Budget negotiators looking to offset the cost of a medical device tax repeal being pushed by Republicans might harvest some of the savings from the farm bill.
That's just one of the pieces at play in an increasingly complicated Rubik's cube of how to find an agreement to end the government shutdown and increase the federal debt limit to prevent default.
Repealing the excise tax on gross revenues of medical device makers would cost almost $30 billion over a decade. It's one key piece of a proposal floated by Maine Republican Susan Collins to get the government back up and running.
The Senate farm bill, which doesn't contain the large cuts to food stamp programs favored by the House, would generate budget savings of at least $23 billion over the next 10 years. A source familiar with the farm bill negotiations said late Friday that the idea of using the farm bill savings in the broader agreement had been discussed.
Sen. John Hoeven, R-N.D., suggested using the savings in the agriculture measure in a statement issued last week.
"I believe the farm bill — and programs like it — can be a part of the debt ceiling solution because it can provide real savings toward the deficit," Hoeven said. "In the case of the farm bill, that means more than $24 billion in savings."
Hoeven reiterated his comments in speaking with reporters Friday at the Capitol.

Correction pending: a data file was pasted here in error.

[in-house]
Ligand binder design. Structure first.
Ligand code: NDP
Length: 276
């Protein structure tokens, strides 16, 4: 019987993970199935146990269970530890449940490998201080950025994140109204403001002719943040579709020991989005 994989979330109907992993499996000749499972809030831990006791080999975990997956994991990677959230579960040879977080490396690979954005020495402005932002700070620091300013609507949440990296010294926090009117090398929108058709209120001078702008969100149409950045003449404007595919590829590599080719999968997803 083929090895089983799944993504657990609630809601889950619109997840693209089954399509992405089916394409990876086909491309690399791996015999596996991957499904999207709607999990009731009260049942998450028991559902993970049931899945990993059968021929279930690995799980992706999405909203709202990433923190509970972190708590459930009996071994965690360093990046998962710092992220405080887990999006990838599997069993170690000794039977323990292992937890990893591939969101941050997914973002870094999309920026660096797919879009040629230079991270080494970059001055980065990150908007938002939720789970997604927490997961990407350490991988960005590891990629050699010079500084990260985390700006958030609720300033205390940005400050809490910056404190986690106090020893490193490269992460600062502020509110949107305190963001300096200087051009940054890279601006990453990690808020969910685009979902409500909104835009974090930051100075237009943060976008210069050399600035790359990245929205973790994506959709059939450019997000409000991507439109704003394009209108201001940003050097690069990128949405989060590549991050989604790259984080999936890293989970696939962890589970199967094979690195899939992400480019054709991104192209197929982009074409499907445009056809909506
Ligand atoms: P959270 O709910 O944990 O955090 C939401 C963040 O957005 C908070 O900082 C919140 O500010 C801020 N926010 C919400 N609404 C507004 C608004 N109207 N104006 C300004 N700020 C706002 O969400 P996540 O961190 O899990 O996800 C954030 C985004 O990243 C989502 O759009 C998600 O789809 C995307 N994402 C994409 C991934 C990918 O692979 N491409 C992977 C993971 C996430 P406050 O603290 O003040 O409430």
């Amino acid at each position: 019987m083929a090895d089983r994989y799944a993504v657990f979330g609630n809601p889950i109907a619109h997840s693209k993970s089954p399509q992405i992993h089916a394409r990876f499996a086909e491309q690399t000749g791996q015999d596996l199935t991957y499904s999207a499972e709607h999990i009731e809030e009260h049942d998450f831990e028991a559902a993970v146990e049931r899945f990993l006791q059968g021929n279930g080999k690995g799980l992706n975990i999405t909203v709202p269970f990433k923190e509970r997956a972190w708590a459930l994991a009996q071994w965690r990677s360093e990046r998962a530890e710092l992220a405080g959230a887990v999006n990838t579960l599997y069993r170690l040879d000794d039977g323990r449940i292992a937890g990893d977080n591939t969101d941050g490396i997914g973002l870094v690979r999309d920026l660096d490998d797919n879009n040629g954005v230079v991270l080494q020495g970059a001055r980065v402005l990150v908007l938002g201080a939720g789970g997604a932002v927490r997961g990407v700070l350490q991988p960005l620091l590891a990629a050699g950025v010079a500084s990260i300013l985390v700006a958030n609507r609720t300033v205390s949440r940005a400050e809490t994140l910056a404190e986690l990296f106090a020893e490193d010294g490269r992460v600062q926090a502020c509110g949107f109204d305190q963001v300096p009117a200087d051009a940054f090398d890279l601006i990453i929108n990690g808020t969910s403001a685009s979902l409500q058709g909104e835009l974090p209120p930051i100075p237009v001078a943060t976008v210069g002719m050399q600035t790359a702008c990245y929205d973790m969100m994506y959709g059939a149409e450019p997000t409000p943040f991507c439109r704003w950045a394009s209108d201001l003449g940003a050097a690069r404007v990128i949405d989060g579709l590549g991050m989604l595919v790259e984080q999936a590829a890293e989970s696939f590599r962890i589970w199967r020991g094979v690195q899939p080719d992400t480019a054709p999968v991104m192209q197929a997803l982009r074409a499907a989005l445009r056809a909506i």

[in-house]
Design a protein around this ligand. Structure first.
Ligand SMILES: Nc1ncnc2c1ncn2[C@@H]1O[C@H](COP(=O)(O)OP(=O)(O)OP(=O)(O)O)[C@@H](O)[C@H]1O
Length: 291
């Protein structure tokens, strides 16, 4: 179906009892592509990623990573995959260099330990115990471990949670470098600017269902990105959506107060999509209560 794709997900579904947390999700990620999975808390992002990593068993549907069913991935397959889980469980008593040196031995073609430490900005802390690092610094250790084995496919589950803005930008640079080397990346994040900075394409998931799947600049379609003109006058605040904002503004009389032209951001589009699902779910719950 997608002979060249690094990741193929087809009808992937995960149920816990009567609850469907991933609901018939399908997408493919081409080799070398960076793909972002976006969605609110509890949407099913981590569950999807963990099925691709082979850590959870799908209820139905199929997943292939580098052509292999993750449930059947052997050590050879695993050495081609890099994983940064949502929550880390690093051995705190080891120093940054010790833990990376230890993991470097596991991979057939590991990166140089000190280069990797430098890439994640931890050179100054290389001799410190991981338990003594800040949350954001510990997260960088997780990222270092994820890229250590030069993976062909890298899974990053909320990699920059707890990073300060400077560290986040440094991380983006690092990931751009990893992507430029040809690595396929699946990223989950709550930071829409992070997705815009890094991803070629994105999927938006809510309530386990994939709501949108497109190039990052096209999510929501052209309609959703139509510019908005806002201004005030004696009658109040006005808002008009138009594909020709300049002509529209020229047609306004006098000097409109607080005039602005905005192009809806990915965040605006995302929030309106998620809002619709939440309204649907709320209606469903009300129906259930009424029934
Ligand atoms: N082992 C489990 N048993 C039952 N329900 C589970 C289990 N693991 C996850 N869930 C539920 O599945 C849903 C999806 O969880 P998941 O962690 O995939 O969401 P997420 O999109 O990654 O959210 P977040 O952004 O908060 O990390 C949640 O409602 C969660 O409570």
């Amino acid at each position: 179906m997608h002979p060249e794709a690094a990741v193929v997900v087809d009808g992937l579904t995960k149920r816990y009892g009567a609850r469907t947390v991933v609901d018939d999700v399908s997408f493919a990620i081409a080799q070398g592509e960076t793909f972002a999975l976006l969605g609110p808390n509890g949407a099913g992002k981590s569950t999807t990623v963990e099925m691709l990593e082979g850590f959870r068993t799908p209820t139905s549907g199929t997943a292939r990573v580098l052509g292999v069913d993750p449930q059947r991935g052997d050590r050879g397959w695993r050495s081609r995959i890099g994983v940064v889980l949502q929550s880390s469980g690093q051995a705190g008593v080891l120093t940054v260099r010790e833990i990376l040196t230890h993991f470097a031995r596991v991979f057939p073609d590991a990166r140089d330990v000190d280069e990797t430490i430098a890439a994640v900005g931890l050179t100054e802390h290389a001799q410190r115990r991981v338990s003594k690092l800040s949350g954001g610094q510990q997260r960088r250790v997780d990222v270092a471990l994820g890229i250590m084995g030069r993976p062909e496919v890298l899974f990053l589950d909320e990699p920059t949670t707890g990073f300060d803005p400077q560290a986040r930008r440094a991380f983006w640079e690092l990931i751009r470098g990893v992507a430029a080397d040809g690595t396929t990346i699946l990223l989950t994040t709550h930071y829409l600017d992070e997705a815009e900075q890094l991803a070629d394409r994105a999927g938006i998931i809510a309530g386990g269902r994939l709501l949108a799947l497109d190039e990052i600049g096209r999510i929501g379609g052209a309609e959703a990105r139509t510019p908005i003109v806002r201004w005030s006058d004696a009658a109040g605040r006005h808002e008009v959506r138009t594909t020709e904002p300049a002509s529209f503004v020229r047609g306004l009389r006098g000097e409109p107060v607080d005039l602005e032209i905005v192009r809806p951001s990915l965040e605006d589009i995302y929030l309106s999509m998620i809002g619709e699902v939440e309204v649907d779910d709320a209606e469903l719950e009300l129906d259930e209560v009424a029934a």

The House agreed on Friday to the Senate's request for a formal farm bill conference committee to go through what could be a painstaking process of resolving differences, particularly on nutrition programs. The two sides have been working behind the scenes to do as much advance work as possible, however.
The most recent extension of farm programs lapsed at the end of September, just like the funding for the appropriations bills.
There's nothing particularly new about the idea of capturing the savings in the new five-year farm policy measure. Agriculture Chairwoman Debbie Stabenow, D-Mich., has previously expressed interest in using the savings as part of other fiscal deals if it would help the path to enactment.
"Senators worked across the aisle to overwhelmingly pass bipartisan Farm Bills the last two years in a row. If that same bipartisanship endures in the conference committee, we will cut tens of billions of dollars in unnecessary spending, make major reforms to improve crop insurance and strengthen other risk management tools, streamline and strengthen conservation and nutrition programs, and create jobs by investing in rural America," Stabenow said in a statement Friday. "We are now closer than ever to completing a five-year Farm Bill that will create jobs and provide certainty to our agriculture economy and the sixteen million people who work in agriculture."